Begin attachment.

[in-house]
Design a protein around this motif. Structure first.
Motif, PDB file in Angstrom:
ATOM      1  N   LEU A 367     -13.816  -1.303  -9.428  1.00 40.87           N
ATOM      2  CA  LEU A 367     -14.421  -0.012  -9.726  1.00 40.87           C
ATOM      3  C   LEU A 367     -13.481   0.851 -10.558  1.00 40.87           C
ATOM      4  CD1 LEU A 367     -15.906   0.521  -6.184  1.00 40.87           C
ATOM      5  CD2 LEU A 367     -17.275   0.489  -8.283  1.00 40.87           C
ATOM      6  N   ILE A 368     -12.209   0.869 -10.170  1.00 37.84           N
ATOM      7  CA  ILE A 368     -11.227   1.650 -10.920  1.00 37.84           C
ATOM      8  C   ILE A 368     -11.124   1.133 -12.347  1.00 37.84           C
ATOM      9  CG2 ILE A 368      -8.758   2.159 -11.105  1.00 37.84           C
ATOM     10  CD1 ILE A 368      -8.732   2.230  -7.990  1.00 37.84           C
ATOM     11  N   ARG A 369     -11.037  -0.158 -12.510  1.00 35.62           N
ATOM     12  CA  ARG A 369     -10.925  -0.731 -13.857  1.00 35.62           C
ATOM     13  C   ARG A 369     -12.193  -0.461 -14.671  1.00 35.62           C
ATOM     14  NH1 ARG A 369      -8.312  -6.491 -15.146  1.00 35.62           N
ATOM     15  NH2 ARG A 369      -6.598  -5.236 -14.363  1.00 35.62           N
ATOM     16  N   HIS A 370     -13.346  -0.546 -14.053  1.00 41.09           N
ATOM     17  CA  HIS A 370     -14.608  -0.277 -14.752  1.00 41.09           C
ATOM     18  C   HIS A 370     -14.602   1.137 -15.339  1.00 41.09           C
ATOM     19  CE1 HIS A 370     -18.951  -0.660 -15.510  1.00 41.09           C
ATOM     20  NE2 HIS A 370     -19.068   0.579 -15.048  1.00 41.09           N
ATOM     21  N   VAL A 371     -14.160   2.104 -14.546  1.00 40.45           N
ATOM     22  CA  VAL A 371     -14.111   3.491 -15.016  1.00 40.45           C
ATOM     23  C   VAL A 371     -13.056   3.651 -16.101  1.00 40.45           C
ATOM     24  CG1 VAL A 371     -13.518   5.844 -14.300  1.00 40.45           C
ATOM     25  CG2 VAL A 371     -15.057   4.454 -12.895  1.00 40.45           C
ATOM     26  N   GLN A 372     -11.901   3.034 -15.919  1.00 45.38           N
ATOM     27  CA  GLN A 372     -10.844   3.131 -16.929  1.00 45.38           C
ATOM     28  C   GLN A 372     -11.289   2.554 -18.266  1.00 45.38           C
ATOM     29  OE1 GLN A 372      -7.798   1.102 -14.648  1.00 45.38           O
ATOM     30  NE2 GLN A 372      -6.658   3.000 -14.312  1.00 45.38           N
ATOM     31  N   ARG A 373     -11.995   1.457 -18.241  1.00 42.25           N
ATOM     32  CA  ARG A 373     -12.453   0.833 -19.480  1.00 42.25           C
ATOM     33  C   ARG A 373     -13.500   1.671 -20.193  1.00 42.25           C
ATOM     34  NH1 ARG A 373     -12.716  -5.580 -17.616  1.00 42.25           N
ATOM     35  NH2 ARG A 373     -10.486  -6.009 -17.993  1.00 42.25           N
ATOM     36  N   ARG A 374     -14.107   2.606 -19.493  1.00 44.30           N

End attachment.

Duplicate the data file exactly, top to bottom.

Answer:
[in-house]
Design a protein around this motif. Structure first.
Motif, PDB file in Angstrom:
ATOM      1  N   LEU A 367     -13.816  -1.303  -9.428  1.00 40.87           N
ATOM      2  CA  LEU A 367     -14.421  -0.012  -9.726  1.00 40.87           C
ATOM      3  C   LEU A 367     -13.481   0.851 -10.558  1.00 40.87           C
ATOM      4  CD1 LEU A 367     -15.906   0.521  -6.184  1.00 40.87           C
ATOM      5  CD2 LEU A 367     -17.275   0.489  -8.283  1.00 40.87           C
ATOM      6  N   ILE A 368     -12.209   0.869 -10.170  1.00 37.84           N
ATOM      7  CA  ILE A 368     -11.227   1.650 -10.920  1.00 37.84           C
ATOM      8  C   ILE A 368     -11.124   1.133 -12.347  1.00 37.84           C
ATOM      9  CG2 ILE A 368      -8.758   2.159 -11.105  1.00 37.84           C
ATOM     10  CD1 ILE A 368      -8.732   2.230  -7.990  1.00 37.84           C
ATOM     11  N   ARG A 369     -11.037  -0.158 -12.510  1.00 35.62           N
ATOM     12  CA  ARG A 369     -10.925  -0.731 -13.857  1.00 35.62           C
ATOM     13  C   ARG A 369     -12.193  -0.461 -14.671  1.00 35.62           C
ATOM     14  NH1 ARG A 369      -8.312  -6.491 -15.146  1.00 35.62           N
ATOM     15  NH2 ARG A 369      -6.598  -5.236 -14.363  1.00 35.62           N
ATOM     16  N   HIS A 370     -13.346  -0.546 -14.053  1.00 41.09           N
ATOM     17  CA  HIS A 370     -14.608  -0.277 -14.752  1.00 41.09           C
ATOM     18  C   HIS A 370     -14.602   1.137 -15.339  1.00 41.09           C
ATOM     19  CE1 HIS A 370     -18.951  -0.660 -15.510  1.00 41.09           C
ATOM     20  NE2 HIS A 370     -19.068   0.579 -15.048  1.00 41.09           N
ATOM     21  N   VAL A 371     -14.160   2.104 -14.546  1.00 40.45           N
ATOM     22  CA  VAL A 371     -14.111   3.491 -15.016  1.00 40.45           C
ATOM     23  C   VAL A 371     -13.056   3.651 -16.101  1.00 40.45           C
ATOM     24  CG1 VAL A 371     -13.518   5.844 -14.300  1.00 40.45           C
ATOM     25  CG2 VAL A 371     -15.057   4.454 -12.895  1.00 40.45           C
ATOM     26  N   GLN A 372     -11.901   3.034 -15.919  1.00 45.38           N
ATOM     27  CA  GLN A 372     -10.844   3.131 -16.929  1.00 45.38           C
ATOM     28  C   GLN A 372     -11.289   2.554 -18.266  1.00 45.38           C
ATOM     29  OE1 GLN A 372      -7.798   1.102 -14.648  1.00 45.38           O
ATOM     30  NE2 GLN A 372      -6.658   3.000 -14.312  1.00 45.38           N
ATOM     31  N   ARG A 373     -11.995   1.457 -18.241  1.00 42.25           N
ATOM     32  CA  ARG A 373     -12.453   0.833 -19.480  1.00 42.25           C
ATOM     33  C   ARG A 373     -13.500   1.671 -20.193  1.00 42.25           C
ATOM     34  NH1 ARG A 373     -12.716  -5.580 -17.616  1.00 42.25           N
ATOM     35  NH2 ARG A 373     -10.486  -6.009 -17.993  1.00 42.25           N
ATOM     36  N   ARG A 374     -14.107   2.606 -19.493  1.00 44.30           N